Copy into your RSS Reader
Copy into your Podcast App
Detail from the cover art to Louis Armstrong Meets Oscar Peterson.
February 28, 2013 Many jazz standards are themselves about making lists. Here are five of them, including Louis Armstrong's take on "Let's Do It," Johnny Hartman's version of "These Foolish Things" and a classic reading of Jobim's "Waters of March."
November 10, 2008 Even though there's a stunning array of color in autumn, there's something inherently melancholy about watching the leaves drop. Let these five confessionals prepare you for a season of the high lonesome — a time before a chilly mood meets the rake's progress.
February 14, 2008 Boleros are a form of love song that originated in Cuba in the 19th century, and the lyrics reflect themes of bittersweet, unrequited, betrayed, or eternal love. Not all of these songs are strictly boleros, but they all maintain the tradition — and, more importantly, the feeling.
February 13, 2008 Hear a mix of music to fall in love with, from the Magnetic Fields and Arcade Fire to the Temptations and Sam Cooke.
<iframe src="http://www.npr.org/player/embed/18950469/18952710" width="100%" height="290" frameborder="0" scrolling="no" title="NPR embedded audio player">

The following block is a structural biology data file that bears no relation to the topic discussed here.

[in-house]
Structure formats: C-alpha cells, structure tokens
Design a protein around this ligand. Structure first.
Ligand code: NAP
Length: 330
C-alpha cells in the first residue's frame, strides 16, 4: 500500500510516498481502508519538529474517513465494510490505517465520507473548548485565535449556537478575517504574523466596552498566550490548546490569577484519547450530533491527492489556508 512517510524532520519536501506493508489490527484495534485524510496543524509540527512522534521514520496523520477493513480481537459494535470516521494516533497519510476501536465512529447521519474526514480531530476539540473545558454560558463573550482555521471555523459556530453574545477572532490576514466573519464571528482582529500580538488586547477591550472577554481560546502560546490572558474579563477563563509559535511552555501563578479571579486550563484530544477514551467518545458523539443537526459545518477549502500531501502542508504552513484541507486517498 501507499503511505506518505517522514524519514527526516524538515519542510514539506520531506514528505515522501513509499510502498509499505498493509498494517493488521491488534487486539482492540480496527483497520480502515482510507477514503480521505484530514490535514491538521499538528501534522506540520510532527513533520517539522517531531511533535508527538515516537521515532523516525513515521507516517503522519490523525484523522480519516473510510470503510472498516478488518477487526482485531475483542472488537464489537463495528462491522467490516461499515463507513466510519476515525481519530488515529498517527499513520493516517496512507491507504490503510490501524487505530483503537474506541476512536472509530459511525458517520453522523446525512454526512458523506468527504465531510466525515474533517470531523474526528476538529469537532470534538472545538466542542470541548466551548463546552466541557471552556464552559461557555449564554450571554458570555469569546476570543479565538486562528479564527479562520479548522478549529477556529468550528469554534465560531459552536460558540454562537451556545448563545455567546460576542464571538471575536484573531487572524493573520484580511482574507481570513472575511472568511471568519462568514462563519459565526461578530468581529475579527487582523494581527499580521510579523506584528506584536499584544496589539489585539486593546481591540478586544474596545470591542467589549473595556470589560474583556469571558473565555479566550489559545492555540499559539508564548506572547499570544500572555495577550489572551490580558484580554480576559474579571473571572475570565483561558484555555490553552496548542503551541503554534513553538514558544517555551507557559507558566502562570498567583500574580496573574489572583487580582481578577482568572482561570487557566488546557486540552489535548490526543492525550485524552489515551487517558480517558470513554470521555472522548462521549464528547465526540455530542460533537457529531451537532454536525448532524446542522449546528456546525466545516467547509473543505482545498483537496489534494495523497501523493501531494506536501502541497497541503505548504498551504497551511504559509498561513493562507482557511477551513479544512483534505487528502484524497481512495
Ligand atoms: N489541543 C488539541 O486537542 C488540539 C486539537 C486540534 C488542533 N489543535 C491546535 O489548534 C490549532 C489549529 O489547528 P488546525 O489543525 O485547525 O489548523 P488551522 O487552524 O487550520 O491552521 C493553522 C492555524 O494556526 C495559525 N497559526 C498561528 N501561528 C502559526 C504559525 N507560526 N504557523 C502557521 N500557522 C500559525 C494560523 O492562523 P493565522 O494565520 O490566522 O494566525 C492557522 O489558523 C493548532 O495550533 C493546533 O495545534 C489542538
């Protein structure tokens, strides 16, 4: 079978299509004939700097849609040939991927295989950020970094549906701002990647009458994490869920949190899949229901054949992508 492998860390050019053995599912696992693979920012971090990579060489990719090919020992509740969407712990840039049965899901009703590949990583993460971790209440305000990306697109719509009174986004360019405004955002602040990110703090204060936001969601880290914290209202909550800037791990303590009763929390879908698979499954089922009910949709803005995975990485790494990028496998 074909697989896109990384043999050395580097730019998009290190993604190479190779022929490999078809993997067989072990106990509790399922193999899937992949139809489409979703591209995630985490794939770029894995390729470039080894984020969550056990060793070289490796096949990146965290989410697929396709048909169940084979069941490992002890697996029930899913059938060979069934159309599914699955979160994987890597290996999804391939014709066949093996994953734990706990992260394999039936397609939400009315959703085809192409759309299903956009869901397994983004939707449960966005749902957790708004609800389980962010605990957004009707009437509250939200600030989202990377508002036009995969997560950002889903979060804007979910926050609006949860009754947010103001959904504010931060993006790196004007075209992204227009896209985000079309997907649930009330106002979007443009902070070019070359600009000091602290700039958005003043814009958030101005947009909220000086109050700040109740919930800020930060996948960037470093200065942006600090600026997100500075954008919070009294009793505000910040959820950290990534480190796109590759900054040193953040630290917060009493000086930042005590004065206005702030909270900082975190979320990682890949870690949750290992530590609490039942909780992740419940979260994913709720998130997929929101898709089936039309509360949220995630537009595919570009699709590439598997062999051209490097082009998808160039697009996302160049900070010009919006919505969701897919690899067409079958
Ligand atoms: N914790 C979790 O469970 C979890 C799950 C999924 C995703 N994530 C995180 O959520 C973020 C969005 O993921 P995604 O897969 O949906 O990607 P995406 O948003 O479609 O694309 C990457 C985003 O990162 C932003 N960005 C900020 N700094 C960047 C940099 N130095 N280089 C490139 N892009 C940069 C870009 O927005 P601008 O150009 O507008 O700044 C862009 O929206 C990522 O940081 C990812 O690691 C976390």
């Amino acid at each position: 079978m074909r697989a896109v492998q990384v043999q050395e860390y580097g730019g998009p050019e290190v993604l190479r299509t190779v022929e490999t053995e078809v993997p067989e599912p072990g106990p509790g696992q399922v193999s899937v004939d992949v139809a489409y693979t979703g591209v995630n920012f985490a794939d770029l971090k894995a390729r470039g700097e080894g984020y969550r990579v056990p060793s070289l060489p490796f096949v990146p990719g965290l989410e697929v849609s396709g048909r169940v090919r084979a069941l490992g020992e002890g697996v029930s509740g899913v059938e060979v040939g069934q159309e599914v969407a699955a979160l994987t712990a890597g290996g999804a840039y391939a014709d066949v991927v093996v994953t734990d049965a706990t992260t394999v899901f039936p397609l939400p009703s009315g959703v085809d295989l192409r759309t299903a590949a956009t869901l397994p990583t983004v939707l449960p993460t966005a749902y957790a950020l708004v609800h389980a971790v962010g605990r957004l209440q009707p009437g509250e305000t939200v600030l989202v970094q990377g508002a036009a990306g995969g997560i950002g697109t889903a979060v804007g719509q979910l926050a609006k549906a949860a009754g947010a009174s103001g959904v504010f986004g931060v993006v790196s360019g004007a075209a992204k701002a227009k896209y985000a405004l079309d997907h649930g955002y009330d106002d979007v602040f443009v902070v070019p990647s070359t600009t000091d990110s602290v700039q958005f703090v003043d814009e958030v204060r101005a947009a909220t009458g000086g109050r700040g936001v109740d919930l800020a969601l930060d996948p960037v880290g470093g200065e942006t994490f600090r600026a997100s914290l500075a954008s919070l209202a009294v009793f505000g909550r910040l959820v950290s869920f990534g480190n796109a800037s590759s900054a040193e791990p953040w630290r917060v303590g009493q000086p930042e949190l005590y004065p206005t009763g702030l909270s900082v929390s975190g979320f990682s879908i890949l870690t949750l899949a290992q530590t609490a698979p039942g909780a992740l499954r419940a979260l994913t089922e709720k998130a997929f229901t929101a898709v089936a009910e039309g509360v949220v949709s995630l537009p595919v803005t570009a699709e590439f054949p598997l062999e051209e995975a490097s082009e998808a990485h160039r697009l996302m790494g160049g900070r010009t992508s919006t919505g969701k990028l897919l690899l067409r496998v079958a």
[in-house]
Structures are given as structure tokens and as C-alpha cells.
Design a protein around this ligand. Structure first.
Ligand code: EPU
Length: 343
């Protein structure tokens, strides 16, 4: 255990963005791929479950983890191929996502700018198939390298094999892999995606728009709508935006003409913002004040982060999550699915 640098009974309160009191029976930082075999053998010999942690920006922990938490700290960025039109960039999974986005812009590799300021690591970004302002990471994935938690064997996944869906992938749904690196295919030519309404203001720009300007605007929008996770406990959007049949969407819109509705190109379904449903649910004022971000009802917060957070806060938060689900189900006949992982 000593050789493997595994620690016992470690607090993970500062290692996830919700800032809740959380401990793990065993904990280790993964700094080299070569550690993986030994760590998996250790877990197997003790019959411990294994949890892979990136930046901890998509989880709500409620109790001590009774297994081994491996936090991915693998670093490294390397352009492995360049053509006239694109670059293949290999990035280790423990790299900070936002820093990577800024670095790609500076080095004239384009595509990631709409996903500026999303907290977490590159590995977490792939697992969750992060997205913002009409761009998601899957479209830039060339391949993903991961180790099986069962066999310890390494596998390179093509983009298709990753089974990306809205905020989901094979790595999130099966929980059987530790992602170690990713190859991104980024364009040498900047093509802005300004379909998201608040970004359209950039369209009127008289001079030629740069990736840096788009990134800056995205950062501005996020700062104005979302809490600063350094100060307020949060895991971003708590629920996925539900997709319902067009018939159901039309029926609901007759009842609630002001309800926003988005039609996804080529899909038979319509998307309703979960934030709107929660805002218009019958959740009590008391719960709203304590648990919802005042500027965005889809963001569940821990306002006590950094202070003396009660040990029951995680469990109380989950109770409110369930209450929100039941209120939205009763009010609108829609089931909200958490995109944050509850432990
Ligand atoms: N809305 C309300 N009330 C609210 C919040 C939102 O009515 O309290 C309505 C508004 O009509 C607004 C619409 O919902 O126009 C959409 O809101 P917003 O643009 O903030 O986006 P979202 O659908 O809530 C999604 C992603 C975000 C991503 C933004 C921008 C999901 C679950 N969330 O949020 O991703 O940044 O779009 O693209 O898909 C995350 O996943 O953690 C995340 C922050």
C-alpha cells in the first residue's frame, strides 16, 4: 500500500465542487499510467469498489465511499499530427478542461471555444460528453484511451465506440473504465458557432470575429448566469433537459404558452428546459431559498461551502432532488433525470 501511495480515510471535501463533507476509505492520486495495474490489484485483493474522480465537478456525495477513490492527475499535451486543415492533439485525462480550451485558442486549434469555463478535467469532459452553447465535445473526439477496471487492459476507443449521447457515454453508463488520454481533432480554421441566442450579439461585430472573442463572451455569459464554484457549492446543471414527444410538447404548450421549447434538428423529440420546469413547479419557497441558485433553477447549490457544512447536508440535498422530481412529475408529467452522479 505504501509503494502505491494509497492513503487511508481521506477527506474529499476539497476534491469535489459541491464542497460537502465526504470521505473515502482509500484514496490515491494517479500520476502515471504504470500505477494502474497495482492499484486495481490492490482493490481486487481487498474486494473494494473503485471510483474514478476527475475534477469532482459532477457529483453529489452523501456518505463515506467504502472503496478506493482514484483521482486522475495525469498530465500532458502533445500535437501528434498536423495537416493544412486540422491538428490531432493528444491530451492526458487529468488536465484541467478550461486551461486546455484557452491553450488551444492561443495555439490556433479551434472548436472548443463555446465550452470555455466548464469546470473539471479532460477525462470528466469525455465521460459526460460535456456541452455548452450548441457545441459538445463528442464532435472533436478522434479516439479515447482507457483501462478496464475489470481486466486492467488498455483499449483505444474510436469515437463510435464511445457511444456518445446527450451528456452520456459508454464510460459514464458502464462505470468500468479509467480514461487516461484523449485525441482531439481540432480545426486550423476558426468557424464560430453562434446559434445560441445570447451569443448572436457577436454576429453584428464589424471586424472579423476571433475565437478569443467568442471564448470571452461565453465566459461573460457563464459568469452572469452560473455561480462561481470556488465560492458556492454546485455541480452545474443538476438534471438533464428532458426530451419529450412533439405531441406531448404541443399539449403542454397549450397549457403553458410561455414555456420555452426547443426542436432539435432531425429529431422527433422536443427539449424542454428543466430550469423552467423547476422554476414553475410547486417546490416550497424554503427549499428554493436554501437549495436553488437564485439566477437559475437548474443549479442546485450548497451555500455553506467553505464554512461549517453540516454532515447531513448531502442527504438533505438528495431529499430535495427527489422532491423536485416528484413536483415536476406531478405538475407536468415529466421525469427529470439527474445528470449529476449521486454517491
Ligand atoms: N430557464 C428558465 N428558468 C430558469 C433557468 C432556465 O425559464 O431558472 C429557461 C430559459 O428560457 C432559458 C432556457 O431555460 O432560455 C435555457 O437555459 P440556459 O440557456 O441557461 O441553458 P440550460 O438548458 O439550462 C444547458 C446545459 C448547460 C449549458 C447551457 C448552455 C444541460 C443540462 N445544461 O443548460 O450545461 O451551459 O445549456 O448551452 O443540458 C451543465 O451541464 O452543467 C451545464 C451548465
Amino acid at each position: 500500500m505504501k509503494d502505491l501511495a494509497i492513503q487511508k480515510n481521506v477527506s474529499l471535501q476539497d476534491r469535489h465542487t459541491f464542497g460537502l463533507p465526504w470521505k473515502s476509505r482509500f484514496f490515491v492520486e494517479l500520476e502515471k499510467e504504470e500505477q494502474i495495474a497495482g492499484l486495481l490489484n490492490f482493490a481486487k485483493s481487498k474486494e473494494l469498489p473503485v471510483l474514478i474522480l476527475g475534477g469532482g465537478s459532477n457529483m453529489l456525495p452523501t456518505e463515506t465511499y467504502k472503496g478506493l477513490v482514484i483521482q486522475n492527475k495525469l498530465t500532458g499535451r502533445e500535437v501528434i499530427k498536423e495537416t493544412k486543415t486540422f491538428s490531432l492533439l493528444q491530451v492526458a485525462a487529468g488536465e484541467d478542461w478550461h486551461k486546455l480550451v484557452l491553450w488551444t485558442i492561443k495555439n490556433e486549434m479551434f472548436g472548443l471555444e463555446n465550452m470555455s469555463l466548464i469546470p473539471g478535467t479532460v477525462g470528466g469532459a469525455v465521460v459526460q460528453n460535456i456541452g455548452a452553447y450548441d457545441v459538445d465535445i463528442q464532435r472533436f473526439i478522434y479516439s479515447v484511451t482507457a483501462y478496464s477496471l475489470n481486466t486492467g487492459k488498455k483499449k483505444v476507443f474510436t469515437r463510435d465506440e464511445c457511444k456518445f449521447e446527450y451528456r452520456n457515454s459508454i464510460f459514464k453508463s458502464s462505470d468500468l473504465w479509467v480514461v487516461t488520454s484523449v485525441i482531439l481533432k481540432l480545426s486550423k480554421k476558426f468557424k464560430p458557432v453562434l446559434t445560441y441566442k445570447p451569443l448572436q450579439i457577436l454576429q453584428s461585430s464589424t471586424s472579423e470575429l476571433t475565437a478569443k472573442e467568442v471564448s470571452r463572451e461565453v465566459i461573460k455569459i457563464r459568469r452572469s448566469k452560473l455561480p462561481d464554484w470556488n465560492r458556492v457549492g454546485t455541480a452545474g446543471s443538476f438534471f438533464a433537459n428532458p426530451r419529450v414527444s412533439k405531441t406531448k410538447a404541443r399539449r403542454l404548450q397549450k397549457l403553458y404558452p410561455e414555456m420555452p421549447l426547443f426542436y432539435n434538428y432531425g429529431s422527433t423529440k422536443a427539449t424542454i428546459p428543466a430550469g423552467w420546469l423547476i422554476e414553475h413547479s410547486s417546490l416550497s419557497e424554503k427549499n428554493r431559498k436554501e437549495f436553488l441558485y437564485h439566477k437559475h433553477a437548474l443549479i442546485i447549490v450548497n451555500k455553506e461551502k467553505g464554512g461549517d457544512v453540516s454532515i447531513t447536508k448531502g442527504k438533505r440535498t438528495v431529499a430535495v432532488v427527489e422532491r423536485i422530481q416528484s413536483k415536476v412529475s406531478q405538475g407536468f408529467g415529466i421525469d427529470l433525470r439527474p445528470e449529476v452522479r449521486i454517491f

February 12, 2008 It's a fair bet that three-quarters of all songs have something to do with love, with maybe half of those coming out in its favor. Here are five lovesick tunes crafted by jazz legends, Broadway hitmakers, and new talents.
July 10, 2007 He had one of the most gorgeous voices ever to sing a love song. But during his lifetime, Johnny Hartman was known only to hardcore jazz lovers. It was after his death when he finally made it to the top of the jazz charts.
<iframe src="http://www.npr.org/player/embed/11823315/11850683" width="100%" height="290" frameborder="0" scrolling="no" title="NPR embedded audio player">
August 1, 2001 Although he was a solo artist for only seven years, John Coltrane became one of the most renowned saxophonists in history. In 1963, Coltrane teamed with Johnny Hartman to record this classic compilation of ballads. It was Hartman's first record in eight years.
<iframe src="http://www.npr.org/player/embed/4555664/150768089" width="100%" height="290" frameborder="0" scrolling="no" title="NPR embedded audio player">
NPR thanks our sponsors
Become an NPR sponsor